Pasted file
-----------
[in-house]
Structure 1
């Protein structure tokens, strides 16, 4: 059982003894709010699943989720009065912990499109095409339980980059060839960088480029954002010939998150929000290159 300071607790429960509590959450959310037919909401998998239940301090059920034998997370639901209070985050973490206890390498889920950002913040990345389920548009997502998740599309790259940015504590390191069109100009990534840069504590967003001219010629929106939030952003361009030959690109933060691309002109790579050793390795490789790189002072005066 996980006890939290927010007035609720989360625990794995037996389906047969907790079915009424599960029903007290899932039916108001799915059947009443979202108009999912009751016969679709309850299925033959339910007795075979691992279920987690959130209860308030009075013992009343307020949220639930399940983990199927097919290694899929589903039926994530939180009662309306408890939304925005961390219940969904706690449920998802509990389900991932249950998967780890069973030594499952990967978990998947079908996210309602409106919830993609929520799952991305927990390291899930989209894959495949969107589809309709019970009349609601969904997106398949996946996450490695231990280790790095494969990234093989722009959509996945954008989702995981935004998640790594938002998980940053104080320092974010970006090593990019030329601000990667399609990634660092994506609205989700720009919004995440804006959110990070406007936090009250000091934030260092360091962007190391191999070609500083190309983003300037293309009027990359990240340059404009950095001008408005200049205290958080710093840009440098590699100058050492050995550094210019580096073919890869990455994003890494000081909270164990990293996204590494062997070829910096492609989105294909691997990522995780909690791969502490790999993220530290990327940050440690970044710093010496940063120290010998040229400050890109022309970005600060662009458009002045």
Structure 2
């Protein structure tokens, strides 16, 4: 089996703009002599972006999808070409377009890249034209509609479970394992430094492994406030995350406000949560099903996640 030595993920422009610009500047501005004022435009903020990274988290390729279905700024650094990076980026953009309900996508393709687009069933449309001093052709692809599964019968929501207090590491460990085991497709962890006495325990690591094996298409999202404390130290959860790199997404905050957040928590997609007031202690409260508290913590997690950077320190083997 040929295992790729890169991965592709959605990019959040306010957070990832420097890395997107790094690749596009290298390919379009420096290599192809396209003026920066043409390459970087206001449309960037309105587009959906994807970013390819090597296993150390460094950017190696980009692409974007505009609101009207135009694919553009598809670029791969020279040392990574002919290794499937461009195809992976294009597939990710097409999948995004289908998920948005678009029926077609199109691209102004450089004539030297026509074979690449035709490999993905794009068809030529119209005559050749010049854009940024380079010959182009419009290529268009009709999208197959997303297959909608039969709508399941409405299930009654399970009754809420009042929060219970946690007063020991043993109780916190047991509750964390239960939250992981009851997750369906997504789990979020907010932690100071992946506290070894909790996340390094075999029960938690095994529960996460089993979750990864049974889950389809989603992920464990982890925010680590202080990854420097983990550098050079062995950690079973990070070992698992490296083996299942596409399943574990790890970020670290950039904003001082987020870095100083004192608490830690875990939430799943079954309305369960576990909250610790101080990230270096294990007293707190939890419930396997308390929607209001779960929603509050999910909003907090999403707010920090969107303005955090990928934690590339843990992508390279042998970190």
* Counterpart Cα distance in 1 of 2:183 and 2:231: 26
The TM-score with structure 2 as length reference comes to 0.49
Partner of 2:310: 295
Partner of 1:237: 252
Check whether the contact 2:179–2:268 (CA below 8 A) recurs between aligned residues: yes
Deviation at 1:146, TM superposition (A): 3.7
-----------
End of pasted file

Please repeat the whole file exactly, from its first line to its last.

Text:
[in-house]
Structure 1
């Protein structure tokens, strides 16, 4: 059982003894709010699943989720009065912990499109095409339980980059060839960088480029954002010939998150929000290159 300071607790429960509590959450959310037919909401998998239940301090059920034998997370639901209070985050973490206890390498889920950002913040990345389920548009997502998740599309790259940015504590390191069109100009990534840069504590967003001219010629929106939030952003361009030959690109933060691309002109790579050793390795490789790189002072005066 996980006890939290927010007035609720989360625990794995037996389906047969907790079915009424599960029903007290899932039916108001799915059947009443979202108009999912009751016969679709309850299925033959339910007795075979691992279920987690959130209860308030009075013992009343307020949220639930399940983990199927097919290694899929589903039926994530939180009662309306408890939304925005961390219940969904706690449920998802509990389900991932249950998967780890069973030594499952990967978990998947079908996210309602409106919830993609929520799952991305927990390291899930989209894959495949969107589809309709019970009349609601969904997106398949996946996450490695231990280790790095494969990234093989722009959509996945954008989702995981935004998640790594938002998980940053104080320092974010970006090593990019030329601000990667399609990634660092994506609205989700720009919004995440804006959110990070406007936090009250000091934030260092360091962007190391191999070609500083190309983003300037293309009027990359990240340059404009950095001008408005200049205290958080710093840009440098590699100058050492050995550094210019580096073919890869990455994003890494000081909270164990990293996204590494062997070829910096492609989105294909691997990522995780909690791969502490790999993220530290990327940050440690970044710093010496940063120290010998040229400050890109022309970005600060662009458009002045």
Structure 2
């Protein structure tokens, strides 16, 4: 089996703009002599972006999808070409377009890249034209509609479970394992430094492994406030995350406000949560099903996640 030595993920422009610009500047501005004022435009903020990274988290390729279905700024650094990076980026953009309900996508393709687009069933449309001093052709692809599964019968929501207090590491460990085991497709962890006495325990690591094996298409999202404390130290959860790199997404905050957040928590997609007031202690409260508290913590997690950077320190083997 040929295992790729890169991965592709959605990019959040306010957070990832420097890395997107790094690749596009290298390919379009420096290599192809396209003026920066043409390459970087206001449309960037309105587009959906994807970013390819090597296993150390460094950017190696980009692409974007505009609101009207135009694919553009598809670029791969020279040392990574002919290794499937461009195809992976294009597939990710097409999948995004289908998920948005678009029926077609199109691209102004450089004539030297026509074979690449035709490999993905794009068809030529119209005559050749010049854009940024380079010959182009419009290529268009009709999208197959997303297959909608039969709508399941409405299930009654399970009754809420009042929060219970946690007063020991043993109780916190047991509750964390239960939250992981009851997750369906997504789990979020907010932690100071992946506290070894909790996340390094075999029960938690095994529960996460089993979750990864049974889950389809989603992920464990982890925010680590202080990854420097983990550098050079062995950690079973990070070992698992490296083996299942596409399943574990790890970020670290950039904003001082987020870095100083004192608490830690875990939430799943079954309305369960576990909250610790101080990230270096294990007293707190939890419930396997308390929607209001779960929603509050999910909003907090999403707010920090969107303005955090990928934690590339843990992508390279042998970190």
* Counterpart Cα distance in 1 of 2:183 and 2:231: 26
The TM-score with structure 2 as length reference comes to 0.49
Partner of 2:310: 295
Partner of 1:237: 252
Check whether the contact 2:179–2:268 (CA below 8 A) recurs between aligned residues: yes
Deviation at 1:146, TM superposition (A): 3.7